Tech review: Look beyond the camera on your phone
These are pocketable cameras that don't require an interest in adjusting photo setting manually, but can still deliver much better photos than your phone.
Point and shoot compact
Premium: Sony RX100 III
€720 from The Camera Centre
For a camera that you can slip into almost any pocket, this 20-megapixel model from Sony is fairly remarkable for a couple of reasons. It has a relatively large 1-inch sensor, which improves photo quality over other compacts. And its f1.8-2.8 lens allows both for low-light shooting and also makes it way classier for taking shots of people (because you get a nice blurring effect in the background).
It has a 3x zoom and is pretty decent at video, too. Other features that are handy include a flip-out three-inch LCD touchscreen and on-board Wi-Fi, meaning you can transfer photos to your phone or tablet immediately for sharing. Sony also has a version IV of this camera but, at over €300 extra, it's not worth it.
Affordable: Canon Powershot SX610
€180 from Littlewoods
Why bother with a compact camera when you have a fancy smartphone from Samsung or Apple? One reason is zoom. Cameraphones have none - they simply artificially enlarge one bit of the photo, with the consequent blurring that occurs.
If you're looking for something more versatile for events, there are dozens of basic compacts to choose from. But Canon's SX610 is a very nice option. Its 18x zoom covers most conceivable situations. It records in video in full HD, has a 3-inch screen and includes Wi-Fi, so you can immediately share your photos online or via email through your phone.
Two to challenge the pros
These are the 'serious' cameras that allow you ultimate flexibility thanks to their ability to take different lenses. Picking two is hard: there are dozens of good ones.
Premium: Sony A7R
€2,299 with 28-70mm lens from Conns Cameras
If money isn't too big a deal, there are some amazing premium DSLR cameras you can get from Canon, Nikon and others. But it's worth mentioning Sony's A7 range too, as the company has managed to considerably shrink the form factor of a 'full-frame' sensor camera.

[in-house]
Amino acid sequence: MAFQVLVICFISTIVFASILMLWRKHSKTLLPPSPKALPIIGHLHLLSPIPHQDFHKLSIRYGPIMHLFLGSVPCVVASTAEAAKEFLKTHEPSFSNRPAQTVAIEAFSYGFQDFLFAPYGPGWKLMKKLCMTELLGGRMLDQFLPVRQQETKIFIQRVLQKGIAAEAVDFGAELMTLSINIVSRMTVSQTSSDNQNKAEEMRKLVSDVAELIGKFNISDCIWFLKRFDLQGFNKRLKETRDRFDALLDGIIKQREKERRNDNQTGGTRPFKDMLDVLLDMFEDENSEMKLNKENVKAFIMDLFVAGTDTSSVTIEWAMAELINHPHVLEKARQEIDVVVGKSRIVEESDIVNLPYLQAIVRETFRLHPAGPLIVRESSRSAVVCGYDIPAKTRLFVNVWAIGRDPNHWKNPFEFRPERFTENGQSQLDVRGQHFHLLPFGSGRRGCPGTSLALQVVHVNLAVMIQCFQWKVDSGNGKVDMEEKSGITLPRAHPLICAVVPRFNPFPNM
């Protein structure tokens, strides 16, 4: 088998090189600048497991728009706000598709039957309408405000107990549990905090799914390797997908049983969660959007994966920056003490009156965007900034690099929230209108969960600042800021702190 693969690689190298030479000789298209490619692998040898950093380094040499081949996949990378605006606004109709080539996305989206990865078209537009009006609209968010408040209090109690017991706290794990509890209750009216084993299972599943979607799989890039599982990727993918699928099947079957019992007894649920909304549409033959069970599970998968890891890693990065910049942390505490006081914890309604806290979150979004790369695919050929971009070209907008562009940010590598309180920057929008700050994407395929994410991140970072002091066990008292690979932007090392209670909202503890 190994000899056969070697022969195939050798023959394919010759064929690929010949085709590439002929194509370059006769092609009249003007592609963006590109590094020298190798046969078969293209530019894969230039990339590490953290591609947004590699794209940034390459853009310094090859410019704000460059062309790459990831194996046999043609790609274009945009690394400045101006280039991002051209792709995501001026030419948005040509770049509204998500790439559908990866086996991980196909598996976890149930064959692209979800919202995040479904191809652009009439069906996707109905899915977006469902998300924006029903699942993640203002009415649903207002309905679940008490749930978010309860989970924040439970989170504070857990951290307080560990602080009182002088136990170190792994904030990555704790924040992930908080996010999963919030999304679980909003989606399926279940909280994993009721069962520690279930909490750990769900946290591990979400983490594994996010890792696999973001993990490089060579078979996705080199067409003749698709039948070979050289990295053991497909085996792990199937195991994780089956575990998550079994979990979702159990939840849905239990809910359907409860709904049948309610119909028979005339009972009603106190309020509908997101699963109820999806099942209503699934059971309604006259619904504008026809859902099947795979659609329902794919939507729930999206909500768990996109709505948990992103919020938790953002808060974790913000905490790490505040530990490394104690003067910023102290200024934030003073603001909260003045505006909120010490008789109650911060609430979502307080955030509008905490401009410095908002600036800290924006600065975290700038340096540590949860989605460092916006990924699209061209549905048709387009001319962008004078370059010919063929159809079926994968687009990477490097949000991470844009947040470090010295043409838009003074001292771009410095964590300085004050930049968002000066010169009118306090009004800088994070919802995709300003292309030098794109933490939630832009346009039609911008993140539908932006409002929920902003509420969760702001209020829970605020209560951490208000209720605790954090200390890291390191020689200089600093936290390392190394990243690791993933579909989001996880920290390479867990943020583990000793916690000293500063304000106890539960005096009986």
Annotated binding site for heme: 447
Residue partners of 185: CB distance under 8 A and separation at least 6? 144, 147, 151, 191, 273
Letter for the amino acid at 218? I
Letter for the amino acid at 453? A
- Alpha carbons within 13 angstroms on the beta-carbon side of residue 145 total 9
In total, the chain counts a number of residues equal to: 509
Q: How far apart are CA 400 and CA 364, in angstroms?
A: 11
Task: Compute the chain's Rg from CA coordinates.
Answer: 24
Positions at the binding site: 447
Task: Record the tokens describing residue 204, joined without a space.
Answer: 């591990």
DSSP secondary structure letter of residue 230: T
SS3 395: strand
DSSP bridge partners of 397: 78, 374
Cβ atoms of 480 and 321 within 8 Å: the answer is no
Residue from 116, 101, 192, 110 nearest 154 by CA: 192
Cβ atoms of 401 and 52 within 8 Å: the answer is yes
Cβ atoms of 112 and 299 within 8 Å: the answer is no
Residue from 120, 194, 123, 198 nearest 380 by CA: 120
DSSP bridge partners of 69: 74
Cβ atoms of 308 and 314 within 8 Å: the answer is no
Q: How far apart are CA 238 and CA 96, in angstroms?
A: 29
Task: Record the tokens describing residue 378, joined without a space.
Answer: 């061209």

The result is a very powerful, advanced camera that produce some stunning photography while taking up less space in your bag. There are lots of A7 variants (including the A7s) but the best bet for now is probably the original 36-megapixel A7R. Aside from its high megapixel count and proper large sensor, it comes with handy adjustable knobs and Wi-Fi on board. The only drawback is that there aren't as many lenses available as for Canon and Nikon cameras.
Affordable: Canon 100D
€499 with 18-55mm from Conns Cameras
If you want to jump into lens-changing photography at an entry-level price, this may be the best camera to do it with. The 18-megapixel 100D connects to what is arguably the best lens ecosystem going: you can pick really good ones up second hand as well as new.
It also has a size advantage over other entry-level DSLRs, in that it's about 20pc smaller. Although it has no Wi-Fi, it has a 3-inch touchscreen. It shoots 'full' HD video and has an ISO that goes up to 12,800 for shooting in low light. Overall, it shoots flawlessly, quickly and is comfortable to use.
Handy snappers with more control
This one of the fastest growing areas in camera usage: snappers that aren't as bulky as big DSLRs but which have high-end sensors and fixed lenses, and give lots of manual control.
Premium: Panasonic LX100
€750 from The Camera Centre
The LX100 was my favourite enthusiast camera of 2015, with a brilliant Leica f1.7 lens, beautiful styling and an overall mix that offers a perfect blend of flexibility and photo quality. The metal and rubber construction gives it a real upmarket feel. And there's a lot of control over the camera's functions via rings and dials on the outside of the camera. This includes an aperture ring for the f-stop settings, shutter speed and even the format size of the photos. For those who know what they're doing and want instant control, this is all excellent. It has a limited 3x zoom, the equivalent of 24mm-75mm. The LX100 is marginally too big (115 x 66 x 55 mm) to fit in a pocket. But don't let that put you off: this is a fantastic portable camera.
Affordable: Canon G7X
€499 from Conns Cameras
Canon's G7X is a powerful, advanced camera masquerading in the body of a compact model. It's small enough to easily fit into pockets, case sleeves or even jacket linings. But it still packs a decent one-inch sensor attached to a lens that shoots from F1.8 to F2.8, meaning it's capable of letting in a huge amount of natural light into photos and can give amazing depth of field (the nice 'blurring' of background details in shots) for people shots. Its 4x zoom is about the equivalent of going from 24mm (a really nice wide shot) to 100mm. It also has a pleasing manual ring to quickly adjust the shot just underneath the mode selector. You can focus manually while recording HD video and it has both a flip-out screen and Wi-Fi.